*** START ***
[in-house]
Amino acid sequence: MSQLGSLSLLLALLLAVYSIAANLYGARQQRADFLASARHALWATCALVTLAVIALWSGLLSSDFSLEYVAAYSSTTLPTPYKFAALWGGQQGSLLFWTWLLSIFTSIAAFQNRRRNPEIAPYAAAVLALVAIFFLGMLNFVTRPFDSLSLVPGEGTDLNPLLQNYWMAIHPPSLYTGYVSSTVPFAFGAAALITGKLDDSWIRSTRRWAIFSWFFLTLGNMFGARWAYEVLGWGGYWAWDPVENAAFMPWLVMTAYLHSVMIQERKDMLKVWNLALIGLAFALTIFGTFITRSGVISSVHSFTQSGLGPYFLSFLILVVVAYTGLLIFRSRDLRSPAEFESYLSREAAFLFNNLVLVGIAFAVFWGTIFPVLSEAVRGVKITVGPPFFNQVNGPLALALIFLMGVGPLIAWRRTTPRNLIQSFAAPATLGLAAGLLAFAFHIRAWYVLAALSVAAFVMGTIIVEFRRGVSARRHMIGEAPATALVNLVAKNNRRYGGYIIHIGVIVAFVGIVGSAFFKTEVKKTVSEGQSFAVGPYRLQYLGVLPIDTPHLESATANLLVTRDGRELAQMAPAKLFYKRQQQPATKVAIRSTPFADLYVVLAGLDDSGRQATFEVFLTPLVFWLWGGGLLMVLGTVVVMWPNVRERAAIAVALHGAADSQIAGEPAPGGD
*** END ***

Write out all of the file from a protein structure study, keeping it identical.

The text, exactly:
[in-house]
Amino acid sequence: MSQLGSLSLLLALLLAVYSIAANLYGARQQRADFLASARHALWATCALVTLAVIALWSGLLSSDFSLEYVAAYSSTTLPTPYKFAALWGGQQGSLLFWTWLLSIFTSIAAFQNRRRNPEIAPYAAAVLALVAIFFLGMLNFVTRPFDSLSLVPGEGTDLNPLLQNYWMAIHPPSLYTGYVSSTVPFAFGAAALITGKLDDSWIRSTRRWAIFSWFFLTLGNMFGARWAYEVLGWGGYWAWDPVENAAFMPWLVMTAYLHSVMIQERKDMLKVWNLALIGLAFALTIFGTFITRSGVISSVHSFTQSGLGPYFLSFLILVVVAYTGLLIFRSRDLRSPAEFESYLSREAAFLFNNLVLVGIAFAVFWGTIFPVLSEAVRGVKITVGPPFFNQVNGPLALALIFLMGVGPLIAWRRTTPRNLIQSFAAPATLGLAAGLLAFAFHIRAWYVLAALSVAAFVMGTIIVEFRRGVSARRHMIGEAPATALVNLVAKNNRRYGGYIIHIGVIVAFVGIVGSAFFKTEVKKTVSEGQSFAVGPYRLQYLGVLPIDTPHLESATANLLVTRDGRELAQMAPAKLFYKRQQQPATKVAIRSTPFADLYVVLAGLDDSGRQATFEVFLTPLVFWLWGGGLLMVLGTVVVMWPNVRERAAIAVALHGAADSQIAGEPAPGGD